Harvard Business School Grads Give Back to Their Alma Mater

The year was 2013, and it was time for the Harvard Business School Class of 2008’s five-year reunion. As usual, two alumni stepped up to chair the committee that planned the reunion, and as usual, there was a lot of discussion on how to make the event both a fun experience and a meaningful way to fundraise for their alma mater.

Reunion committee co-chair Alex Crisses decided to take on the fundraising element. He had some ideas about what would appeal to his classmates, but he wanted help from a mentor who had a lot of experience in raising funds for Harvard Business School. He found that mentor in Alan “AJ” Jones, who had been involved in HBS fundraising since he received his MBA in 1987.

Together, they formulated a plan that led to a great deal of support for Harvard Business School’s HBS Fund for Leadership and Innovation.

“AJ did a phenomenal job of helping us see the connection between support of the HBS Fund and the priorities of the school,” said Crisses, now a managing director at global private equity firm General Atlantic. “He spoke at our class event in New York about why HBS is important to him. It resonated deeply with our class members.”

As well it should. The HBS Fund for Leadership and Innovation supports four major areas: fellowships, educational innovation, global understanding, and research.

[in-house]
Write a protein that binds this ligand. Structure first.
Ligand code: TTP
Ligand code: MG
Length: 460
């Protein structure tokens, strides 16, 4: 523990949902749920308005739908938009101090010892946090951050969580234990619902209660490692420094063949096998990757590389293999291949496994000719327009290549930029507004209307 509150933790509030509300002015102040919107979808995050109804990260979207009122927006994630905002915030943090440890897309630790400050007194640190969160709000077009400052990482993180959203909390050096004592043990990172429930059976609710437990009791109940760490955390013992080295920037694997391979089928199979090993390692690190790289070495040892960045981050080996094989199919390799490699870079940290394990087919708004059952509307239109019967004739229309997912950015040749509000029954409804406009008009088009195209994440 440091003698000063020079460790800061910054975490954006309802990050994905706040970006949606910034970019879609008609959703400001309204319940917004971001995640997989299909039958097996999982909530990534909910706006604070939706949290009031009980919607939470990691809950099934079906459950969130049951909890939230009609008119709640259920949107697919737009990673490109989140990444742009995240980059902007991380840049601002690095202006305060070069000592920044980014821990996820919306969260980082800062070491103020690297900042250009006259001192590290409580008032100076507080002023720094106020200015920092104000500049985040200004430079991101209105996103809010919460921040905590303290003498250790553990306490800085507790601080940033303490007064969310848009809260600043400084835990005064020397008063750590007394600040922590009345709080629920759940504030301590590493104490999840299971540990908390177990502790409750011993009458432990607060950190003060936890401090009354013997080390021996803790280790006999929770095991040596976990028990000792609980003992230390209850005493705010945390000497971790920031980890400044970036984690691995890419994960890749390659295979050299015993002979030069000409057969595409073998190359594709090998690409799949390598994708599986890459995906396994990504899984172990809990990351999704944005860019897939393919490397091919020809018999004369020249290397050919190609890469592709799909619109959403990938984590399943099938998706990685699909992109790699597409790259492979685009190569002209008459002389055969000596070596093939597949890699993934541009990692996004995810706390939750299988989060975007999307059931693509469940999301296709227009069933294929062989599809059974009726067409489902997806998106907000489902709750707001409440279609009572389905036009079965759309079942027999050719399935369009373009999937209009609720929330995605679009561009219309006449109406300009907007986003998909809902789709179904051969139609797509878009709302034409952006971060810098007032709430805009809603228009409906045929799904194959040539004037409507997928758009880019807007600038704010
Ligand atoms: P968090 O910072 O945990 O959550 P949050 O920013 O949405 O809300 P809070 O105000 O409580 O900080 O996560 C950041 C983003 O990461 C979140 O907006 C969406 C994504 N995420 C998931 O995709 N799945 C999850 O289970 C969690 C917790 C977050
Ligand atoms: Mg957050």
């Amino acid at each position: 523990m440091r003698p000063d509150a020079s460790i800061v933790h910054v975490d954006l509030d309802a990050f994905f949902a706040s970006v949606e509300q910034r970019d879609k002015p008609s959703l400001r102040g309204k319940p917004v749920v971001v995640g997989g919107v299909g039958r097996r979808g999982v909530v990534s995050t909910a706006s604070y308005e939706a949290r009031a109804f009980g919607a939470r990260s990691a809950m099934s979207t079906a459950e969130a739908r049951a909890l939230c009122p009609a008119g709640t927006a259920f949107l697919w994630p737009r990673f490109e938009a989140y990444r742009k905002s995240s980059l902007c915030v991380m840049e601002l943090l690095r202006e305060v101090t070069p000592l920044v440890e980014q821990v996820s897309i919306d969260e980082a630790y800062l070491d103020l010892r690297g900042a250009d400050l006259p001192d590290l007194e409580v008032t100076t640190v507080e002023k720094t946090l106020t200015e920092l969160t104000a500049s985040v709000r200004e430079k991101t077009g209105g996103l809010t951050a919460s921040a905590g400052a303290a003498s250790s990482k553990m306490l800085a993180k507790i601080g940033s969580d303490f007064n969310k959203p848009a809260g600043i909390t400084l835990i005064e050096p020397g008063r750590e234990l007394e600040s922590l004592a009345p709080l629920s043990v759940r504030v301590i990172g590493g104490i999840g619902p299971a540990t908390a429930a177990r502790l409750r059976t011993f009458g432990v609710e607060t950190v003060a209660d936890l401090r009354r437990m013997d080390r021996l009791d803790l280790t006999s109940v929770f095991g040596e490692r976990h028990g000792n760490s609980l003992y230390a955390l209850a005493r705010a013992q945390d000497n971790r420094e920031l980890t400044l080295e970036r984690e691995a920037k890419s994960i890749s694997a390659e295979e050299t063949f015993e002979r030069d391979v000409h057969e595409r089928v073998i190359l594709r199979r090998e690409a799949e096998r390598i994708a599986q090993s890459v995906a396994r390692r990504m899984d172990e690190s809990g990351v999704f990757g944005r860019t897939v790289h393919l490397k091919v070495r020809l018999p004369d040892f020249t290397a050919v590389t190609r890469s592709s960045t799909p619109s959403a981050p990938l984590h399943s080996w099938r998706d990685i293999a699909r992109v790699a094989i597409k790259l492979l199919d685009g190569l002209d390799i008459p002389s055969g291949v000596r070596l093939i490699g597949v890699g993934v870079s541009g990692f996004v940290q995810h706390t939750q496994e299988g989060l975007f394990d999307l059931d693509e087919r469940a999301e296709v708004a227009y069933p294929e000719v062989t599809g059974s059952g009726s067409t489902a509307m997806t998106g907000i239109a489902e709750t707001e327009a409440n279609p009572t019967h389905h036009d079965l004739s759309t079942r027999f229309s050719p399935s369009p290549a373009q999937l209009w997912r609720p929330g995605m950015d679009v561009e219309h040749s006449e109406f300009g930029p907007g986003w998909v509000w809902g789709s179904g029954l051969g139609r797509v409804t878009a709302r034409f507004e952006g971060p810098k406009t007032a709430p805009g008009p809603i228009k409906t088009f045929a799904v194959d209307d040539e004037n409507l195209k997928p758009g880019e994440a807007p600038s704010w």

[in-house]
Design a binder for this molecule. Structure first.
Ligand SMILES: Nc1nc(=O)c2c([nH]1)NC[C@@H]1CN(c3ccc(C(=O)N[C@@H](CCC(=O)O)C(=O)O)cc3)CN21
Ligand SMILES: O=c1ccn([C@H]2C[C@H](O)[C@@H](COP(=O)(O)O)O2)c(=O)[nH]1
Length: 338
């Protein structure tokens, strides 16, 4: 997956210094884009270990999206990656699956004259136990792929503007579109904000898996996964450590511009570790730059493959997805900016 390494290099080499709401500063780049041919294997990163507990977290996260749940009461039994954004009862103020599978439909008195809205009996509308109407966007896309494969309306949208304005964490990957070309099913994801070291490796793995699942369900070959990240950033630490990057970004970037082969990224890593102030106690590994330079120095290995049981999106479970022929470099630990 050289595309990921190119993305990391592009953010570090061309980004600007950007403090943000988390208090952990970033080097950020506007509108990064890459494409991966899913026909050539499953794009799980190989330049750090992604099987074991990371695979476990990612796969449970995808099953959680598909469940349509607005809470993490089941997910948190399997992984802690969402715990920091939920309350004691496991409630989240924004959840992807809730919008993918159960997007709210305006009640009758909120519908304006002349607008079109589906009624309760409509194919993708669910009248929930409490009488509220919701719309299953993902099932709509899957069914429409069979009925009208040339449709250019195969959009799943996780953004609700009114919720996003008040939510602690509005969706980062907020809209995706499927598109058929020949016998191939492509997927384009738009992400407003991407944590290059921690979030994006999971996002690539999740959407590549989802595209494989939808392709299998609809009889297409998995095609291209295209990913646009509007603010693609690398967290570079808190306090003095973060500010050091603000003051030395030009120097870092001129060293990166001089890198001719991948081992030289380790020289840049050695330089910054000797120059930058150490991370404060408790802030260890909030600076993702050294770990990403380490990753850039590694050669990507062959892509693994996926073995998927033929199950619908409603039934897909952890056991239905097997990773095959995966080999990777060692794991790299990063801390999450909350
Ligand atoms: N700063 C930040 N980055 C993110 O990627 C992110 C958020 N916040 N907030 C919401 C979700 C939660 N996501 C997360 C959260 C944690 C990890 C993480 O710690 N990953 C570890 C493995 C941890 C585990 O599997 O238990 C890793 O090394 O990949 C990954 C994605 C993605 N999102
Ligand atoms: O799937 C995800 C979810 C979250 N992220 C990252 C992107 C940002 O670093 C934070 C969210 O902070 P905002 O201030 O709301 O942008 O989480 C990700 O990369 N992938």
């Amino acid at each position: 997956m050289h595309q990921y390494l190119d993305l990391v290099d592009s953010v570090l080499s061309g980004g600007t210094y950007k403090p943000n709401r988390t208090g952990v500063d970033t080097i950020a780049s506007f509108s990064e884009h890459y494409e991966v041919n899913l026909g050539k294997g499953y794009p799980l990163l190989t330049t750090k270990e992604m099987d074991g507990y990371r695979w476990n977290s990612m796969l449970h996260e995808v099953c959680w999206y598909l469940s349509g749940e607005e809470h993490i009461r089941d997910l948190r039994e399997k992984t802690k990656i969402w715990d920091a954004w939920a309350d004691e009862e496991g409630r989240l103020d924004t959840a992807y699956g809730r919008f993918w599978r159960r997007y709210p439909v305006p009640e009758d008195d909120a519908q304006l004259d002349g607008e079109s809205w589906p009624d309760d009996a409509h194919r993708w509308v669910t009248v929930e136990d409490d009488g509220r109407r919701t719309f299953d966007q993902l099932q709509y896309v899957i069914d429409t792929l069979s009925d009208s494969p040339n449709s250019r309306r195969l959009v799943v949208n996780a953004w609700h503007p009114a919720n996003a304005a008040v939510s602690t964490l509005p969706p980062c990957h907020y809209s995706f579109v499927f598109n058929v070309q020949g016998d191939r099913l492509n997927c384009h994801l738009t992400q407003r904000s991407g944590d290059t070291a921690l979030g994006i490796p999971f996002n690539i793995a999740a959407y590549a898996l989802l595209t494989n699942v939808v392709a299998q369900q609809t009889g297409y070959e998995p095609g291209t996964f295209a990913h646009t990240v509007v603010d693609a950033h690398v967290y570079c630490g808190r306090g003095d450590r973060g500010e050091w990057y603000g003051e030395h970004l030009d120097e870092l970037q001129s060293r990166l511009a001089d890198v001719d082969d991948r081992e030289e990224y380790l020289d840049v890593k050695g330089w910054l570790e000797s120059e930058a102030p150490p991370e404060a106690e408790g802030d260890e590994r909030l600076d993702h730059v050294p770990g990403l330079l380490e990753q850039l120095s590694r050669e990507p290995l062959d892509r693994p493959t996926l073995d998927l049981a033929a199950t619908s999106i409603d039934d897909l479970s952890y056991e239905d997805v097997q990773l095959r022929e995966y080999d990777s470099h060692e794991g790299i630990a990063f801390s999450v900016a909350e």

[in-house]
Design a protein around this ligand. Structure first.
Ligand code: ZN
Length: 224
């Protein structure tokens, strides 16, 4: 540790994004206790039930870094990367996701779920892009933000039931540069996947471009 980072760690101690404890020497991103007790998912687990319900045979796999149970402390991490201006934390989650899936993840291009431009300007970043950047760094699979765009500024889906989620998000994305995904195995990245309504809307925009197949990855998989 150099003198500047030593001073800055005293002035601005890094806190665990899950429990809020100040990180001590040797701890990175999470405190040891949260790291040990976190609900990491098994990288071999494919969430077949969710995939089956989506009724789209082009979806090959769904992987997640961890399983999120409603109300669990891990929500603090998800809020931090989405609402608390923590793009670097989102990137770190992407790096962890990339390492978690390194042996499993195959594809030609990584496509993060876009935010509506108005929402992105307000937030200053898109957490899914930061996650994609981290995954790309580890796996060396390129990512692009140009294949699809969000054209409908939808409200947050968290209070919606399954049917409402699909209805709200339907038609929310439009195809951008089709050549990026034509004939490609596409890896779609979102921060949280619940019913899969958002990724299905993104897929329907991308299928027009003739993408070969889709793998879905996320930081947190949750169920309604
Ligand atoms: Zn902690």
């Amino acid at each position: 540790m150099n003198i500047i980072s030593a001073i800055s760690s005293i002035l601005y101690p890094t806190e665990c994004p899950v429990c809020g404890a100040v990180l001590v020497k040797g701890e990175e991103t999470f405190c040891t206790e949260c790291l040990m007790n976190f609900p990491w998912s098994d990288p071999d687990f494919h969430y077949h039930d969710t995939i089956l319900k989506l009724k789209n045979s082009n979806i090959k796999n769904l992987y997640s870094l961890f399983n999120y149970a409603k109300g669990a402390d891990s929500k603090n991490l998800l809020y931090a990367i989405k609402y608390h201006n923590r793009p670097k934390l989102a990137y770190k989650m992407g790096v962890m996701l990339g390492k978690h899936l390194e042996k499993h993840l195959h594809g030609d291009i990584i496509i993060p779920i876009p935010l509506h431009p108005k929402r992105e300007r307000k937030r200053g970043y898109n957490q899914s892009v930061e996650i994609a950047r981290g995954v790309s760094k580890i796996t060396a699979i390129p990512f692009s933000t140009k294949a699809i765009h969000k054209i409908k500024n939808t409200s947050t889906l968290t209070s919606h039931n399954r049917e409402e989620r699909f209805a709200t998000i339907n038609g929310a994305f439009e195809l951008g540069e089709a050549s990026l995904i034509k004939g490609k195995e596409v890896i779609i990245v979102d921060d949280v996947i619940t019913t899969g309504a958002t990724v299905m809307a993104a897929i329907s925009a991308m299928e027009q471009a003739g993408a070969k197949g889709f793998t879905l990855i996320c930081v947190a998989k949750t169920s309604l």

Fellowships are need-based financial aid awards that enable Harvard Business School to attract the most talented students regardless of their financial circumstances. Through its educational innovation initiatives, the fund allows HBS to continue to develop its curricula, most recently adding more hands-on learning and online content. Gifts supporting the development of global cases and courses allow students and faculty to get firsthand experience in markets around the world. Support of research allows faculty to pursue their own ideas without the constraints of sponsored research.

“AJ gave us the blueprint for talking about what the HBS Fund supports,” said Crisses. “Together, we developed a fundraising mantra—educate people about what’s going on HBS and tell them how we are raising money for change and transformation.”

The HBS Fund allows the school to quickly and thoughtfully pursue innovative ideas because, unlike other funds, it is not restricted.

“In business, venture capital or R&D budgets seed the most promising new ideas,” said HBS Dean Nitin Nohira. “In academia, where endowments are generally restricted to donor-defined purposes, there simply aren’t funds earmarked for advancing the next big idea. The school relies heavily on annual gifts to the HBS Fund for early-stage support of breakthrough projects, courses, programs, and other initiatives.”

Given the importance of the HBS Fund for Leadership and Innovation to their alma mater, it’s no small wonder that Crisses, Jones, and many other Harvard Business School alumni enthusiastically support it. It’s a powerful way to directly and immediately support the school in delivering on its mission to build leaders and foster ideas that can help solve the complex challenges facing business and society.